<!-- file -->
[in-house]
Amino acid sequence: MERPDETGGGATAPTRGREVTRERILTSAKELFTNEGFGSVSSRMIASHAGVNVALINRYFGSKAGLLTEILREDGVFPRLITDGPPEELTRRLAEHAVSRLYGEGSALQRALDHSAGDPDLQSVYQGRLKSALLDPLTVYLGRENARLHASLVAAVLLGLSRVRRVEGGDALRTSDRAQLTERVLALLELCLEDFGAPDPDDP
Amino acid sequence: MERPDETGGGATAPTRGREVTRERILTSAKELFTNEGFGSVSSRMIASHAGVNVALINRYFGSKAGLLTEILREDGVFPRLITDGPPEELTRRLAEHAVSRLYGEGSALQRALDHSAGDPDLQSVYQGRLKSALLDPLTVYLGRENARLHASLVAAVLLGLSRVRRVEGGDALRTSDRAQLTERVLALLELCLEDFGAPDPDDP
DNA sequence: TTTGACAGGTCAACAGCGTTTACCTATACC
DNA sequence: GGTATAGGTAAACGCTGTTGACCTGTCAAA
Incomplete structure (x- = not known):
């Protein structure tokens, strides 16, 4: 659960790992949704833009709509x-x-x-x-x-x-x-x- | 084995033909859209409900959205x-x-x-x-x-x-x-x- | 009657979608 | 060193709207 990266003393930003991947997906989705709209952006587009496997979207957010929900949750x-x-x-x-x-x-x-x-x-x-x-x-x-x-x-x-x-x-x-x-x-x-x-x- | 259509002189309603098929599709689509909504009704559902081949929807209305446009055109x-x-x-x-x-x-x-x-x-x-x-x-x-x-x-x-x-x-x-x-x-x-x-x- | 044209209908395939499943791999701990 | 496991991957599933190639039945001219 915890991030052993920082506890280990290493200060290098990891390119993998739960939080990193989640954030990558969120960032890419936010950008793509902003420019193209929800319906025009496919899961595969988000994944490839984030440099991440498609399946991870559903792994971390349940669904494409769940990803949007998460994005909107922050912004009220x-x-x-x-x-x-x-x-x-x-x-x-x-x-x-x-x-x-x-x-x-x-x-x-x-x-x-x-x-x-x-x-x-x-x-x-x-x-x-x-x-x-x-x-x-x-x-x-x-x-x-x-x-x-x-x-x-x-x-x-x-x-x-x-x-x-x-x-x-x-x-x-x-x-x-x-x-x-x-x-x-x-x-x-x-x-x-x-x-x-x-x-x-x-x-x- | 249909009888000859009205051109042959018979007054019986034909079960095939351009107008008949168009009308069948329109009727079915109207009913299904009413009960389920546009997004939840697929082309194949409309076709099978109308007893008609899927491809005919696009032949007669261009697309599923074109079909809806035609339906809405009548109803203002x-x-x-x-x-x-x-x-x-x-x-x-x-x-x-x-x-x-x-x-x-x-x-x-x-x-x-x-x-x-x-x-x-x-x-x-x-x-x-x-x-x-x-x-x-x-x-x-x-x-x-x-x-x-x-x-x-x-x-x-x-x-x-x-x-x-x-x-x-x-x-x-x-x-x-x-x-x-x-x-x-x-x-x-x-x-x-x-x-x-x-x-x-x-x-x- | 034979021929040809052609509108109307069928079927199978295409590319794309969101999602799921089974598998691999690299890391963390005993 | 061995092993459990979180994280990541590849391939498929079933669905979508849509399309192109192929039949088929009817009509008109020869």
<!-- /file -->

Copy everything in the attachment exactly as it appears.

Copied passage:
[in-house]
Amino acid sequence: MERPDETGGGATAPTRGREVTRERILTSAKELFTNEGFGSVSSRMIASHAGVNVALINRYFGSKAGLLTEILREDGVFPRLITDGPPEELTRRLAEHAVSRLYGEGSALQRALDHSAGDPDLQSVYQGRLKSALLDPLTVYLGRENARLHASLVAAVLLGLSRVRRVEGGDALRTSDRAQLTERVLALLELCLEDFGAPDPDDP
Amino acid sequence: MERPDETGGGATAPTRGREVTRERILTSAKELFTNEGFGSVSSRMIASHAGVNVALINRYFGSKAGLLTEILREDGVFPRLITDGPPEELTRRLAEHAVSRLYGEGSALQRALDHSAGDPDLQSVYQGRLKSALLDPLTVYLGRENARLHASLVAAVLLGLSRVRRVEGGDALRTSDRAQLTERVLALLELCLEDFGAPDPDDP
DNA sequence: TTTGACAGGTCAACAGCGTTTACCTATACC
DNA sequence: GGTATAGGTAAACGCTGTTGACCTGTCAAA
Incomplete structure (x- = not known):
């Protein structure tokens, strides 16, 4: 659960790992949704833009709509x-x-x-x-x-x-x-x- | 084995033909859209409900959205x-x-x-x-x-x-x-x- | 009657979608 | 060193709207 990266003393930003991947997906989705709209952006587009496997979207957010929900949750x-x-x-x-x-x-x-x-x-x-x-x-x-x-x-x-x-x-x-x-x-x-x-x- | 259509002189309603098929599709689509909504009704559902081949929807209305446009055109x-x-x-x-x-x-x-x-x-x-x-x-x-x-x-x-x-x-x-x-x-x-x-x- | 044209209908395939499943791999701990 | 496991991957599933190639039945001219 915890991030052993920082506890280990290493200060290098990891390119993998739960939080990193989640954030990558969120960032890419936010950008793509902003420019193209929800319906025009496919899961595969988000994944490839984030440099991440498609399946991870559903792994971390349940669904494409769940990803949007998460994005909107922050912004009220x-x-x-x-x-x-x-x-x-x-x-x-x-x-x-x-x-x-x-x-x-x-x-x-x-x-x-x-x-x-x-x-x-x-x-x-x-x-x-x-x-x-x-x-x-x-x-x-x-x-x-x-x-x-x-x-x-x-x-x-x-x-x-x-x-x-x-x-x-x-x-x-x-x-x-x-x-x-x-x-x-x-x-x-x-x-x-x-x-x-x-x-x-x-x-x- | 249909009888000859009205051109042959018979007054019986034909079960095939351009107008008949168009009308069948329109009727079915109207009913299904009413009960389920546009997004939840697929082309194949409309076709099978109308007893008609899927491809005919696009032949007669261009697309599923074109079909809806035609339906809405009548109803203002x-x-x-x-x-x-x-x-x-x-x-x-x-x-x-x-x-x-x-x-x-x-x-x-x-x-x-x-x-x-x-x-x-x-x-x-x-x-x-x-x-x-x-x-x-x-x-x-x-x-x-x-x-x-x-x-x-x-x-x-x-x-x-x-x-x-x-x-x-x-x-x-x-x-x-x-x-x-x-x-x-x-x-x-x-x-x-x-x-x-x-x-x-x-x-x- | 034979021929040809052609509108109307069928079927199978295409590319794309969101999602799921089974598998691999690299890391963390005993 | 061995092993459990979180994280990541590849391939498929079933669905979508849509399309192109192929039949088929009817009509008109020869």